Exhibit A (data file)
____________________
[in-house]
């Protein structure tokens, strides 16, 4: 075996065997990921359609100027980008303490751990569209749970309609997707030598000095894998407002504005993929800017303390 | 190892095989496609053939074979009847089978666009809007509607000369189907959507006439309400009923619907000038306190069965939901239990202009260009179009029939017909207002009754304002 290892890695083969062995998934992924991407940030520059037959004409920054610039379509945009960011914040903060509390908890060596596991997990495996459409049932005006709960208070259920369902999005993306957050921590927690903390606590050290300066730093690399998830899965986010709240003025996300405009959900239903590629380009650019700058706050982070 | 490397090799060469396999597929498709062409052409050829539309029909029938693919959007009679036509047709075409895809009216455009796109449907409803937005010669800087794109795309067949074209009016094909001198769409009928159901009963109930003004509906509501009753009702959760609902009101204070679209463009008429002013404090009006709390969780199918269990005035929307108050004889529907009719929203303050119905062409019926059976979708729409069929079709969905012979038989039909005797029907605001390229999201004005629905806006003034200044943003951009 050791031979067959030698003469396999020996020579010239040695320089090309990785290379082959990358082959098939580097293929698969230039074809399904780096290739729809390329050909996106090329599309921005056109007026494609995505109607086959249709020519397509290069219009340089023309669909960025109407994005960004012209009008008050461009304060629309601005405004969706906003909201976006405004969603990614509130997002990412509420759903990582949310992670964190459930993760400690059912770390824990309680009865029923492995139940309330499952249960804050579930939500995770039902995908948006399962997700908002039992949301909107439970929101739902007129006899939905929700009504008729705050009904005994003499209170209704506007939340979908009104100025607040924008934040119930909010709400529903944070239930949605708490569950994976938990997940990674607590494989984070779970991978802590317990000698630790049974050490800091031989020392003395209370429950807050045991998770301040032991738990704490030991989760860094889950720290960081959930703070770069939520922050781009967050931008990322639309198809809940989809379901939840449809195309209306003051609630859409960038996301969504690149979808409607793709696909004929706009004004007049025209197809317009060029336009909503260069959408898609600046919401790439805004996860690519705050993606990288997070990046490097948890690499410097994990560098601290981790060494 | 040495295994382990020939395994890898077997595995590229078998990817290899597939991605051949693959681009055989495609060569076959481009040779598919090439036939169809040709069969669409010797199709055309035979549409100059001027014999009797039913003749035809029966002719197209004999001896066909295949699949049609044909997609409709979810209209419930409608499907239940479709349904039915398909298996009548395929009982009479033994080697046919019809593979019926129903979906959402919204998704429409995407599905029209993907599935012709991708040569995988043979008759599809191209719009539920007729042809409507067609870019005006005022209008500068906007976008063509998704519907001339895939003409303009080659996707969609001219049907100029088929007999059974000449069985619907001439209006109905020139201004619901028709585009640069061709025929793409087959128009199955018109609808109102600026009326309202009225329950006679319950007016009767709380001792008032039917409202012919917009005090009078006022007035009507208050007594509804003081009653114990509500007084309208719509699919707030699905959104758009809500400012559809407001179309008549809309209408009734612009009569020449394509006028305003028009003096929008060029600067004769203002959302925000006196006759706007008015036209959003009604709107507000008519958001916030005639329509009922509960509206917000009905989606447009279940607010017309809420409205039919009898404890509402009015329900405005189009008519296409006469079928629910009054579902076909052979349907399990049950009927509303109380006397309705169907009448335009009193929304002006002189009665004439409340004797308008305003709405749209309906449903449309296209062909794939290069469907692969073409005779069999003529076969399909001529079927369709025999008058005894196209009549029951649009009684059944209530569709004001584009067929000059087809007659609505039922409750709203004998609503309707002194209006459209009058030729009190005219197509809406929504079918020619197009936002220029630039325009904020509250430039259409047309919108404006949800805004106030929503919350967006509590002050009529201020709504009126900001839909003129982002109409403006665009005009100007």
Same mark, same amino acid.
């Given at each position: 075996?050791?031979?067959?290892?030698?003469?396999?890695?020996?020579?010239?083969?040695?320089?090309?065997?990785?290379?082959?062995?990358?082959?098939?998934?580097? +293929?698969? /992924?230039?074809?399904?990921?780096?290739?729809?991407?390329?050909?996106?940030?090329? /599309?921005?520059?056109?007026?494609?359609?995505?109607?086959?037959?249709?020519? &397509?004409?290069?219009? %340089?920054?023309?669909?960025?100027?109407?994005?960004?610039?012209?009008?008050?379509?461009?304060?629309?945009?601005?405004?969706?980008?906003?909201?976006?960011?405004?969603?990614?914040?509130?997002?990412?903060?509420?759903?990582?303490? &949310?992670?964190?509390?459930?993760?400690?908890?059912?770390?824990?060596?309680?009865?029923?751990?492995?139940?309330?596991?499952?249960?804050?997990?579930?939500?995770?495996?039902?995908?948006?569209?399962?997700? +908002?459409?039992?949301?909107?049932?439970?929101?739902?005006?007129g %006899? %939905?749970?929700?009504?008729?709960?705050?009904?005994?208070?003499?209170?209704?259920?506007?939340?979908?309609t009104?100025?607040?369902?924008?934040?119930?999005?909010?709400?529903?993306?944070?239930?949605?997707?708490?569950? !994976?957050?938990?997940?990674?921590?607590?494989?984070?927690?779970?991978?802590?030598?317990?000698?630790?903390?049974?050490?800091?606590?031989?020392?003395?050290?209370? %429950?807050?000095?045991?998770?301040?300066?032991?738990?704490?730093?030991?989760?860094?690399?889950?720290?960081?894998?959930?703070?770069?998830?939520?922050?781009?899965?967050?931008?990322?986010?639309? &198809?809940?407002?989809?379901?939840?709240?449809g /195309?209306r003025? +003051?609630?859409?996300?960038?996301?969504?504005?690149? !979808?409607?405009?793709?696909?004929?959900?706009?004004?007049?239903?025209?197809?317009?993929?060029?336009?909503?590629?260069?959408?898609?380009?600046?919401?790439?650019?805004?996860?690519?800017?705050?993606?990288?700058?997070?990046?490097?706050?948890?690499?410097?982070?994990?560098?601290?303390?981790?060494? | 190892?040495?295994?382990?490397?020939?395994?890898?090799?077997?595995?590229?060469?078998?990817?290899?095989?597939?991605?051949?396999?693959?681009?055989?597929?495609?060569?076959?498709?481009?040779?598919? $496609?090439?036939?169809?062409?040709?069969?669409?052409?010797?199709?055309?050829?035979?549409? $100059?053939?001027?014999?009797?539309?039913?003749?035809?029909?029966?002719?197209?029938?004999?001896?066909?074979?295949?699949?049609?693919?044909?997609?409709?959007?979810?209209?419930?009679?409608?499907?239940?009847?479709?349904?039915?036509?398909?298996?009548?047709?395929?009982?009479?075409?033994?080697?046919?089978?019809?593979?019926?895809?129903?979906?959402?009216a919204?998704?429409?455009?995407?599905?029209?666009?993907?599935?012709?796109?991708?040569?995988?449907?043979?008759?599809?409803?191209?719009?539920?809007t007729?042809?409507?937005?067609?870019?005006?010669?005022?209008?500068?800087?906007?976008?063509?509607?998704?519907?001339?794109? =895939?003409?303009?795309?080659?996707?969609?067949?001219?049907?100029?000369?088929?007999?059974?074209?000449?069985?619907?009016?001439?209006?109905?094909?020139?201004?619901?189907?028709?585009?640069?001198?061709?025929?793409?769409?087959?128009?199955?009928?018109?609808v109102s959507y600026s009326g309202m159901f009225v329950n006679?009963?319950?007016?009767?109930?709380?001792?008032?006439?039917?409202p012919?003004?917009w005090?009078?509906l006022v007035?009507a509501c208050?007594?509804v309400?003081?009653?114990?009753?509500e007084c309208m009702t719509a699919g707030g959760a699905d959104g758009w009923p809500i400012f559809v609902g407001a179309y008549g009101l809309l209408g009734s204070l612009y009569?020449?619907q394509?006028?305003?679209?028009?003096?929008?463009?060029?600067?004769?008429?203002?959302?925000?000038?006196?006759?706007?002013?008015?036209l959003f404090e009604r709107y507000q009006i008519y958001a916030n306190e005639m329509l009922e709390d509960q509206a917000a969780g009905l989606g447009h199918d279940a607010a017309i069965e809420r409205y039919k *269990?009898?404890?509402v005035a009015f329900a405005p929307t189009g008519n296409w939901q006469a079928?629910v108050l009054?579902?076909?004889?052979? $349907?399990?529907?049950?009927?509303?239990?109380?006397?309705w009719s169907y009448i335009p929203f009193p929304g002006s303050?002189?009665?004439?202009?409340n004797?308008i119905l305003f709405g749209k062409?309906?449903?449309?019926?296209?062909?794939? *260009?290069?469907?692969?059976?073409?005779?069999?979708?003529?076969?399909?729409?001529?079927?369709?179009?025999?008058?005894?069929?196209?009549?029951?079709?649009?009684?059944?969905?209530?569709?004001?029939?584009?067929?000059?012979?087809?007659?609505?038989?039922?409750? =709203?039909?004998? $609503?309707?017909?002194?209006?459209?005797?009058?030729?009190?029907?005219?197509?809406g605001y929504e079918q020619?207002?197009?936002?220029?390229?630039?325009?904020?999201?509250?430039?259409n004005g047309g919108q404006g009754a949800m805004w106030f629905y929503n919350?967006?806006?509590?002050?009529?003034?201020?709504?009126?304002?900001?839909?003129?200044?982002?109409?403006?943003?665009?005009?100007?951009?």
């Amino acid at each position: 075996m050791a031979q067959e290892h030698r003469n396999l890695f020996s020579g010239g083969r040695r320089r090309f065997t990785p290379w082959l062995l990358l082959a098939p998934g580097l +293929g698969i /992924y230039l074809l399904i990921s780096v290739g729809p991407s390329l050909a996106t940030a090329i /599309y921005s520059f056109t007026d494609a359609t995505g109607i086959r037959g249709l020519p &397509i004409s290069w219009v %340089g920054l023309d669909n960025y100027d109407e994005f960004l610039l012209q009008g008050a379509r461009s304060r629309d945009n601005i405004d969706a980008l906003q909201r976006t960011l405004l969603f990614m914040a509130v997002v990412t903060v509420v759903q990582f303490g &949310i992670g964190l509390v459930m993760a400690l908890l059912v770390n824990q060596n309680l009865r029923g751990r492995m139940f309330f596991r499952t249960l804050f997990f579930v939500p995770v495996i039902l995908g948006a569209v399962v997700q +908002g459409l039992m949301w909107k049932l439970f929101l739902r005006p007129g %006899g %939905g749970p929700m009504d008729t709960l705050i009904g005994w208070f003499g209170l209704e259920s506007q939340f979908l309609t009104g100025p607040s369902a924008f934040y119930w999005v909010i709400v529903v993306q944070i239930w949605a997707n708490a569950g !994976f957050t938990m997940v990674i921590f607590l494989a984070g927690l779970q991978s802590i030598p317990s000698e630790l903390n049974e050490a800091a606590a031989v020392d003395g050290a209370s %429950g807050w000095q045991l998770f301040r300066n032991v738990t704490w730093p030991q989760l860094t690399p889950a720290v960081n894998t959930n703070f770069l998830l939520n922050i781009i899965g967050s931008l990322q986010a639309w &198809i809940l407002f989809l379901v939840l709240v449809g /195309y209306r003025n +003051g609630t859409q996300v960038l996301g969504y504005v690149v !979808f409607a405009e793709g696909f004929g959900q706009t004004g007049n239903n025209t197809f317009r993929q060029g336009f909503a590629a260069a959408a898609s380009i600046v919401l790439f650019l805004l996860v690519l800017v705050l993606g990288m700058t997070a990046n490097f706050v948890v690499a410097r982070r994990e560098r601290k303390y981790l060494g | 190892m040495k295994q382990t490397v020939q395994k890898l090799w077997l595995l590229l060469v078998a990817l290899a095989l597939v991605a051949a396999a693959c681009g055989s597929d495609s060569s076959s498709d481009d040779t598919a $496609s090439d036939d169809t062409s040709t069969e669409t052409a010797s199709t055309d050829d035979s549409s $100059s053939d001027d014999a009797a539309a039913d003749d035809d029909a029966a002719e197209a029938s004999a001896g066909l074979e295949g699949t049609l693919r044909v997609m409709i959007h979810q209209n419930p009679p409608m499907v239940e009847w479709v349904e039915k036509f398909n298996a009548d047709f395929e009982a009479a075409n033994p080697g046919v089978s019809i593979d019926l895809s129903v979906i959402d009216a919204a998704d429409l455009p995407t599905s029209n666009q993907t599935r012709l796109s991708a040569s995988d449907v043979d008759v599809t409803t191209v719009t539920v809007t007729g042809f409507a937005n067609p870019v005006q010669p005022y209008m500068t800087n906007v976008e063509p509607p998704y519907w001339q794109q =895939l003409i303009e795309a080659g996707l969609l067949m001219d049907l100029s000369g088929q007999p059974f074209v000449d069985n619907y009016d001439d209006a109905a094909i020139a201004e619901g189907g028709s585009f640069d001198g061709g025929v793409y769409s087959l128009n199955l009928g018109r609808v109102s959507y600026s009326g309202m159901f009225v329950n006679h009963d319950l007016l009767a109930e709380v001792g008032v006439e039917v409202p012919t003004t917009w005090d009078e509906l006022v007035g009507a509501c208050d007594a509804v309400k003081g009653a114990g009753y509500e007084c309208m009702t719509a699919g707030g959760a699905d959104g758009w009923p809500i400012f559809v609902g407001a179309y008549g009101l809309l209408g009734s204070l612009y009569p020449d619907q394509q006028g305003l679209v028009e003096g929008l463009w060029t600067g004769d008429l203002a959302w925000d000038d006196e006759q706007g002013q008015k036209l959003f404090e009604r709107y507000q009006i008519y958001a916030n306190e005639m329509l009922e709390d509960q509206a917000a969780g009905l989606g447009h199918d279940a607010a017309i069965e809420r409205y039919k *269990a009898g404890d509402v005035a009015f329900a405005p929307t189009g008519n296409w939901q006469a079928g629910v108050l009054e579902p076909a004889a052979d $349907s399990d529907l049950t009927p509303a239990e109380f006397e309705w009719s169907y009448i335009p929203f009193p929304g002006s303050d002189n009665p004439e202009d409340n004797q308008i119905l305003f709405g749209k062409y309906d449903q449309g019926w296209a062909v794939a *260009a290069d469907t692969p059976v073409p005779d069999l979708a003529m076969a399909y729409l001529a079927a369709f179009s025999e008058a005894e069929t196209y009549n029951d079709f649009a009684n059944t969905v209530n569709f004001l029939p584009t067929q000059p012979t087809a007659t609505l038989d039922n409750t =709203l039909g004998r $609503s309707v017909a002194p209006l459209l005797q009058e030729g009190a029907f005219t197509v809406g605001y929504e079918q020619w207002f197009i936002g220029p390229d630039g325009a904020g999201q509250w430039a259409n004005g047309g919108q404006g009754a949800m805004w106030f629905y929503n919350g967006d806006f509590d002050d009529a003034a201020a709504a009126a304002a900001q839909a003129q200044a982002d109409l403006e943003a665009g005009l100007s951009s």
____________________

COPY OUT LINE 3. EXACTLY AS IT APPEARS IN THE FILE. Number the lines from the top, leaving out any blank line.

Same mark, same amino acid.